The Internet of Medical Things is here, and so are new FDA regulations. Here’s what you need to know.

With the increasing use of software applications to treat, manage or monitor a variety of medical conditions, connected medical devices are an indispensable part of delivering high-quality patient care. In recent years, the importance of internet-connected devices has only intensified with a growing focus on virtual care, personalized medicine, and value-based models. According to a recent market report, the global internet of medical things (IoMT) market is anticipated to grow from $30.79 billion to a staggering $187.60 billion from 2021 to 2028, representing a massive CAGR of 29.5%. As its name suggests, network connectivity is table stakes for devices in the IoMT, and many of these devices are handling an increasing amount of PHI in more sophisticated ways.  

Unfortunately, many of the medical devices in a hospital are not equipped to meet the cybersecurity challenges of the IoMT, and we’ve seen a significant uptick in medical device-related breaches a trend that has shown no signs of slowing. In fact, of all healthcare organizations that reported data breaches in the past two years, 88% cited a connected device as a contributing factor. Furthermore, one study found that 53% of medical devices have critical vulnerabilities, and the sheer number of medical devices in an average hospital makes it nearly impossible to keep track of the third-party risk each device presents. Additionally, many of these devices, such as oximeters and other monitors, go home with patients and run on their home networks, creating an added layer of complexity and risk. While the implications of any healthcare cybersecurity breach are significant, a medical device cybersecurity breach has the potential to quite literally sever patients from life-saving care.

Recognizing the growth of medical device usage and the unprecedented cost of compromise, the US government has taken action. In December of 2022, the $1.7 trillion omnibus package passed by Congress provided the FDA new authority to introduce regulations on medical device security for manufacturers. This can provide clarity in the notoriously ambiguous area of medical device security for providers and device manufacturers alike, but what will its rollout really mean, and how is it likely to impact your organization? Let’s take a closer look.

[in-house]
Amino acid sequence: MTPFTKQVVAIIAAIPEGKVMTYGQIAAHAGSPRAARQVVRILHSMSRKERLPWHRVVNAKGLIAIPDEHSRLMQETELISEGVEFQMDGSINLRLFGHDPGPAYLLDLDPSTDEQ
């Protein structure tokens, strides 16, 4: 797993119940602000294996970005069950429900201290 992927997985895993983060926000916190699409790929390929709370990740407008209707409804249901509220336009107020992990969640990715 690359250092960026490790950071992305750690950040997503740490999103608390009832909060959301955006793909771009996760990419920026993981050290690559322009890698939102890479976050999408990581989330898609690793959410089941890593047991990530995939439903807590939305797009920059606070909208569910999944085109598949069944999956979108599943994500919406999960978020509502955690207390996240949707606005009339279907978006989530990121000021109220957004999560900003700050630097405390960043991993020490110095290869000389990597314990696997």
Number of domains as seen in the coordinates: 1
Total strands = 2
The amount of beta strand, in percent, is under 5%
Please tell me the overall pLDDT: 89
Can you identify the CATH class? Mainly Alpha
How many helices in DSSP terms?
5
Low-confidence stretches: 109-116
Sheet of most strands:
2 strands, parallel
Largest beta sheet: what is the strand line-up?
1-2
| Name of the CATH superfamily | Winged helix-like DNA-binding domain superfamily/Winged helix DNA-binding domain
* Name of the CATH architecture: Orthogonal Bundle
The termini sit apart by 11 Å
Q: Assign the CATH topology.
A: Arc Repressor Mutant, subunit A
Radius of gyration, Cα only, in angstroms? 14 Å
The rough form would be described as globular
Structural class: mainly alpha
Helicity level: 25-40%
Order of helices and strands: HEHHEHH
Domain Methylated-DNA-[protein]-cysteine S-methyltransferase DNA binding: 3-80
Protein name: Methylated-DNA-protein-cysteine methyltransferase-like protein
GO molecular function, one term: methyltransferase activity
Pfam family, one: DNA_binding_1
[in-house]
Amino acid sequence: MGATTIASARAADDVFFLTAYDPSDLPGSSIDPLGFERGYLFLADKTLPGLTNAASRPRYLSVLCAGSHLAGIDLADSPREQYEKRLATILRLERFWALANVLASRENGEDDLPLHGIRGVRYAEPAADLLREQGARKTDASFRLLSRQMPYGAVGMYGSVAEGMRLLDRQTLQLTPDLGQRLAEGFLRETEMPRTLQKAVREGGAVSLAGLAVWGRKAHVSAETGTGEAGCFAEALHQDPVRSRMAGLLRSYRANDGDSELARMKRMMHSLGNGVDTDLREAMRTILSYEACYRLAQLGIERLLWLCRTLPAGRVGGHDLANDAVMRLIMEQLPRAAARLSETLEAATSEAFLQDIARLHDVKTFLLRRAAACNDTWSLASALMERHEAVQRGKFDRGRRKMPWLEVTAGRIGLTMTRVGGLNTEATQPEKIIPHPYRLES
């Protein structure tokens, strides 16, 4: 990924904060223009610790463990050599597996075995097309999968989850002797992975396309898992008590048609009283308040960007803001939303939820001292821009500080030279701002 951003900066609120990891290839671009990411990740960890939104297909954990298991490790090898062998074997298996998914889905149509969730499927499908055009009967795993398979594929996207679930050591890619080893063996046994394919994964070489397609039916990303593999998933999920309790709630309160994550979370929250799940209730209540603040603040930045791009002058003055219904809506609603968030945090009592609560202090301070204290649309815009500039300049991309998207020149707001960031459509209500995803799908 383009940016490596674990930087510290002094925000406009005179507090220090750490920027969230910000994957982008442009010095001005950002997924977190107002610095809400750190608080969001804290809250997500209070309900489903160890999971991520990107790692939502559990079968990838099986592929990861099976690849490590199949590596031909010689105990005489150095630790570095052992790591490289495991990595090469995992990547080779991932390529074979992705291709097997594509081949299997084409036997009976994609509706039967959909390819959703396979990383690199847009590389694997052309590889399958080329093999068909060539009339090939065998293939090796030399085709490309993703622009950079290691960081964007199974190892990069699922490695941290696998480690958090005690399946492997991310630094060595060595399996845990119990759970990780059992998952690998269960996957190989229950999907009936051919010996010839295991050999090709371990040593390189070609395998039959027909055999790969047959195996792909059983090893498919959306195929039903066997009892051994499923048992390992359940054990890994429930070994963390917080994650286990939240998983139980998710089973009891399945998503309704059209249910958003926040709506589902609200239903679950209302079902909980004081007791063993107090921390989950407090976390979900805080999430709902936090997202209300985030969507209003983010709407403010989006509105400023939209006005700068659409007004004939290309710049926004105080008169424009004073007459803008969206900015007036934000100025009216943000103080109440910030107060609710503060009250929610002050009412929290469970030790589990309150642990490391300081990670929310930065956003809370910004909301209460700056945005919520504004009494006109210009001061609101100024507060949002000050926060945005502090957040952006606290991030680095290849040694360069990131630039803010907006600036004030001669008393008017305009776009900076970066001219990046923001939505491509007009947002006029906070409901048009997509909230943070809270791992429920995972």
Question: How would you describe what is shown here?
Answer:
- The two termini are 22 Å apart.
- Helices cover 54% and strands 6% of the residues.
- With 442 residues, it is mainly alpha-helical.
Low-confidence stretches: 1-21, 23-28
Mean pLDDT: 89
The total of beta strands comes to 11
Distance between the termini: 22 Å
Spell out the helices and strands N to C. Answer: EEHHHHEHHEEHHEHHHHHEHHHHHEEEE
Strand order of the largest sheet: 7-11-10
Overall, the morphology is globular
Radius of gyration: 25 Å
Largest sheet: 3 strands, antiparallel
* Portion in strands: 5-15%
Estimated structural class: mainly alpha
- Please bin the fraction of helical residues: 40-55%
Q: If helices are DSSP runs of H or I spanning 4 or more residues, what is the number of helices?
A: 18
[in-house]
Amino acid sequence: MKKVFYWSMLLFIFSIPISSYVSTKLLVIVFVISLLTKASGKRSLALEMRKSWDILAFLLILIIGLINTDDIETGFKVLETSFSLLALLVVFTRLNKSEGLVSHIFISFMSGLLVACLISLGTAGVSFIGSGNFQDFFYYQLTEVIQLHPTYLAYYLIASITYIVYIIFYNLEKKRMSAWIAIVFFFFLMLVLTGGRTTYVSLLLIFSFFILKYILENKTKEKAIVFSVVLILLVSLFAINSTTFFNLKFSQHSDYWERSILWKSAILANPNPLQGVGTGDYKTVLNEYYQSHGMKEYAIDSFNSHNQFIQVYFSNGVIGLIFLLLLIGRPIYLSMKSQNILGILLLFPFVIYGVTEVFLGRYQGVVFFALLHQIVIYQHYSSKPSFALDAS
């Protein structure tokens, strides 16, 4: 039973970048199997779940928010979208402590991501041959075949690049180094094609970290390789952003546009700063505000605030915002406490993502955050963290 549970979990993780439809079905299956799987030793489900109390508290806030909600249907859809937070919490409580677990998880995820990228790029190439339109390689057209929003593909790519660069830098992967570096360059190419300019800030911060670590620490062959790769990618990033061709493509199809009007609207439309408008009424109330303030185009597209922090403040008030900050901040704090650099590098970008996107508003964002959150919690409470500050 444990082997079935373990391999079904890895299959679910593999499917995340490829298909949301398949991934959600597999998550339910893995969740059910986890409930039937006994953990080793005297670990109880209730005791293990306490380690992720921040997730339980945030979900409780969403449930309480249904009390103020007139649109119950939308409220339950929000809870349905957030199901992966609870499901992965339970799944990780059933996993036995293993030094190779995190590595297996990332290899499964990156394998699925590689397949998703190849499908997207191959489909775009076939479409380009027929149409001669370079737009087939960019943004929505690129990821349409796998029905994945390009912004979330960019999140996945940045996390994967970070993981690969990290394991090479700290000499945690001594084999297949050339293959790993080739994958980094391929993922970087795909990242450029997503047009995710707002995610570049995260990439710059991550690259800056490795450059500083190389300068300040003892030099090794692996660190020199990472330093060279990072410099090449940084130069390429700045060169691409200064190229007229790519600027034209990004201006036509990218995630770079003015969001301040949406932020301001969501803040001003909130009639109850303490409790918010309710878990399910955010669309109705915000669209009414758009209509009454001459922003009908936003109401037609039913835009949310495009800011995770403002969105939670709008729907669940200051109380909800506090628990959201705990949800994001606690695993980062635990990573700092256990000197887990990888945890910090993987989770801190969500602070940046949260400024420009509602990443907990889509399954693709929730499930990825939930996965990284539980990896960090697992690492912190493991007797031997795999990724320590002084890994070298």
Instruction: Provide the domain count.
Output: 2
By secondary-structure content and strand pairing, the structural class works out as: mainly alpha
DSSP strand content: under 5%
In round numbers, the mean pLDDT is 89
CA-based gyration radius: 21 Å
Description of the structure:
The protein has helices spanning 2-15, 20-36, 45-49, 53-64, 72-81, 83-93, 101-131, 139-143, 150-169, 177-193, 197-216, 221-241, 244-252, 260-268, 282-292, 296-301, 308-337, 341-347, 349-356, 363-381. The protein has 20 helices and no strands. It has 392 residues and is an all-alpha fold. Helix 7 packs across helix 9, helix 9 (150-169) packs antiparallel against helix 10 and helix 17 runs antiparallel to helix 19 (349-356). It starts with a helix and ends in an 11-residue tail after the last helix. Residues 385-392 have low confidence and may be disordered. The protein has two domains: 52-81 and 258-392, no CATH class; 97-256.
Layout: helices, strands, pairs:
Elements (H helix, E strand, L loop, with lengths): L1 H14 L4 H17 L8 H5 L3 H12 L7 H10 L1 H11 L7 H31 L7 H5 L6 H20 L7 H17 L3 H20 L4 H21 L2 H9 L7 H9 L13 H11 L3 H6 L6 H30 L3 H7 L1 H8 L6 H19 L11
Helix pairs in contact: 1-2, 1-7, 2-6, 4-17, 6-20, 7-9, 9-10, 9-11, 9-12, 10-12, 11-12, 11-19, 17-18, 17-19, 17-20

What are the new requirements covered by law?  

The requirements established in the bill allot the FDA $5 million to enforce greater security measures in the manufacturing of medical devices. When creating a new device, a manufacturer must now submit schematics to the government with proof that the device can be updated, patched, and adapted as needed. Specific security controls must also be detailed in these submissions. Once the device reaches the market, manufacturers must provide ongoing evidence that they are monitoring potential vulnerabilities and have a cybersecurity plan in place to remediate any potential issues that arise.  

It is important to note that currently, these requirements are aimed at new medical technology products being brought to market. Questions remain as to how the law may impact products that have been on the market for years since these legacy devices are arguably the most vulnerable. The projected time and cost increases for manufacturers and providers would be significant if the law were expanded to cover already-approved devices; however, many believe these steps are warranted to protect patient safety. This bill represents a promising step in the right direction for improving the future of medical device security. 

What does this mean for manufacturers, healthcare providers, and their patients?  

Naturally, the bill has the largest direct impact on manufacturers, as the timeline of bringing a medical device to market is likely to become longer and more involved, particularly for those manufacturers that do not include compliance considerations early in the design process. However, as manufacturers implement greater security controls into their devices from the start, healthcare providers can gain confidence in the security of the new devices, which is likely to further accelerate the aggressive growth trajectory of IoMT in aggregate.  

These increased security measures will significantly reduce the device-related risk for healthcare organizations and their patients over time. But while the industry waits for more widespread medical device coverage, significant risk remains, particularly among the legacy network-connected devices that present an appealing target for malicious hackers. Addressing this risk necessitates a dedicated focus on medical device cybersecurity by healthcare providers, an area that requires specialized knowledge in order to be safe and thoroughly addressed.  

Looking to elevate medical device security in the age of the IoMT? Contact our team to discover how we can help.

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